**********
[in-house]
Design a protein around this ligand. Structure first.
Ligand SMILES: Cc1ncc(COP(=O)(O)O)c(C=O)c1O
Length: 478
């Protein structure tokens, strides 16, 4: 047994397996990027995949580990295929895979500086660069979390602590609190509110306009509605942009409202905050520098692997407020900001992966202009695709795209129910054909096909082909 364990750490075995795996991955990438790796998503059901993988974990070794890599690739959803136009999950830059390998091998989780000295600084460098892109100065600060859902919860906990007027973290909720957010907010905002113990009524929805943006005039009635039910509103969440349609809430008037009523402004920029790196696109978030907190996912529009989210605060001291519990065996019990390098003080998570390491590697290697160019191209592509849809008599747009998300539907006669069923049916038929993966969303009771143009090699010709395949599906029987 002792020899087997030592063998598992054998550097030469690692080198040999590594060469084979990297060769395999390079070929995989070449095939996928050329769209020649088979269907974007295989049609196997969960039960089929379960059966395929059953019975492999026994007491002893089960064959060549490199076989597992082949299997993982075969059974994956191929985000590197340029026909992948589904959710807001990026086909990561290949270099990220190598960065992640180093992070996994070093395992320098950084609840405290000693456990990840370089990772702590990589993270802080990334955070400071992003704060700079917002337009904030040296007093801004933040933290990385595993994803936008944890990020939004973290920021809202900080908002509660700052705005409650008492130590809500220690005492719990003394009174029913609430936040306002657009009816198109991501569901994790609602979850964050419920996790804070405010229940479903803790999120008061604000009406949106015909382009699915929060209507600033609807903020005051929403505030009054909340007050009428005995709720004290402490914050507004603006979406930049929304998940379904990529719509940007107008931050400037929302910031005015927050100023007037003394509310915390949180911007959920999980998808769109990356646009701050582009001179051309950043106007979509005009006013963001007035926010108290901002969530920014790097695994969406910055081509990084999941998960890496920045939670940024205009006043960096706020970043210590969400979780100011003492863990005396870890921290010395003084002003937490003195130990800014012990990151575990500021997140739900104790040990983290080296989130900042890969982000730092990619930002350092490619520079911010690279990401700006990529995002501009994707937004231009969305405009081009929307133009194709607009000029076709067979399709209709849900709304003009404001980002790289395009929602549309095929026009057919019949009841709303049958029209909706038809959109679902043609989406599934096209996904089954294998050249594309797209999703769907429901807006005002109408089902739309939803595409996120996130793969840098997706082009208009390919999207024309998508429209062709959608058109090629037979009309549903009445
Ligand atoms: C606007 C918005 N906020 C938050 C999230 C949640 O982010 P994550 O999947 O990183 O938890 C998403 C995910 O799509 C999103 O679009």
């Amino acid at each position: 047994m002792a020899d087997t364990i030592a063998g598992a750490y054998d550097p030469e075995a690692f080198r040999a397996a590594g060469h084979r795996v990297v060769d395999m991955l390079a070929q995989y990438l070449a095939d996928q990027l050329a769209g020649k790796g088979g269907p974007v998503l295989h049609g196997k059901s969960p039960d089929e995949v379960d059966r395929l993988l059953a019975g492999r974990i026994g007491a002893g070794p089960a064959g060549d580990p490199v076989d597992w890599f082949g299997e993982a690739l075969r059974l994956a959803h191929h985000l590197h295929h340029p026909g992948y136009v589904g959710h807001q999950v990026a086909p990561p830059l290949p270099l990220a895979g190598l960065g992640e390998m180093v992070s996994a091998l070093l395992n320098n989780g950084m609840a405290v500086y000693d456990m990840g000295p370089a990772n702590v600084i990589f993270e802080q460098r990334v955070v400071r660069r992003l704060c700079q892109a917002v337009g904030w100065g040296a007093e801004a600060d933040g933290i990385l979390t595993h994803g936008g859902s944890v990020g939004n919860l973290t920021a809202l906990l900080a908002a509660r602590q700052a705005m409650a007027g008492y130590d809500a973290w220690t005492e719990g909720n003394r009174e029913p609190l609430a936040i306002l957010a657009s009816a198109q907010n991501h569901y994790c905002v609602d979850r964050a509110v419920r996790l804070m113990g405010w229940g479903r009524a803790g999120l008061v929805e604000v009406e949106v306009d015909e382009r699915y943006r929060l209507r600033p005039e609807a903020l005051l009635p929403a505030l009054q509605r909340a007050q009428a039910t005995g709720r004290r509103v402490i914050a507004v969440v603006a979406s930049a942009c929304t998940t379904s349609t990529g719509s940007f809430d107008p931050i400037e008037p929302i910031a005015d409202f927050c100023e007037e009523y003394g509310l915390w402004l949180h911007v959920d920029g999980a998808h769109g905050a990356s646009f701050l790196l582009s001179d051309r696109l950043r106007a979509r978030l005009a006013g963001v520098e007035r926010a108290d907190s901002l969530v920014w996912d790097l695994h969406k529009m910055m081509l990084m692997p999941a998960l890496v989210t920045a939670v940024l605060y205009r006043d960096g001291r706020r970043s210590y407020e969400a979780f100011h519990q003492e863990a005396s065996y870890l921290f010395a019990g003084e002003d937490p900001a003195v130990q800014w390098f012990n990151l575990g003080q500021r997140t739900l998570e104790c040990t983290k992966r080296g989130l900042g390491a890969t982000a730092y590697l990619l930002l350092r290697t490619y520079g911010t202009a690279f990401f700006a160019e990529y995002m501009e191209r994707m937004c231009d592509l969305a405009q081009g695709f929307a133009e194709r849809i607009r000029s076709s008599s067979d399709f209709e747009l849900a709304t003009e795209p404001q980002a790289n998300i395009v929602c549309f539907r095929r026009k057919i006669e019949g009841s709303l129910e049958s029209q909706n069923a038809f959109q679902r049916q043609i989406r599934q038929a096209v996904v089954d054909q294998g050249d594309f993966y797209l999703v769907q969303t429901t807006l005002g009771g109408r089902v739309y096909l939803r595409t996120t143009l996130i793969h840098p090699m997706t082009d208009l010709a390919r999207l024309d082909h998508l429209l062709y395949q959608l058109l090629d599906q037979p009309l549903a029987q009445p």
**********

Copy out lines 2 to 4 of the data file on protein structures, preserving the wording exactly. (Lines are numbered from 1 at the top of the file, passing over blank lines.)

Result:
Design a protein around this ligand. Structure first.
Ligand SMILES: Cc1ncc(COP(=O)(O)O)c(C=O)c1O
Length: 478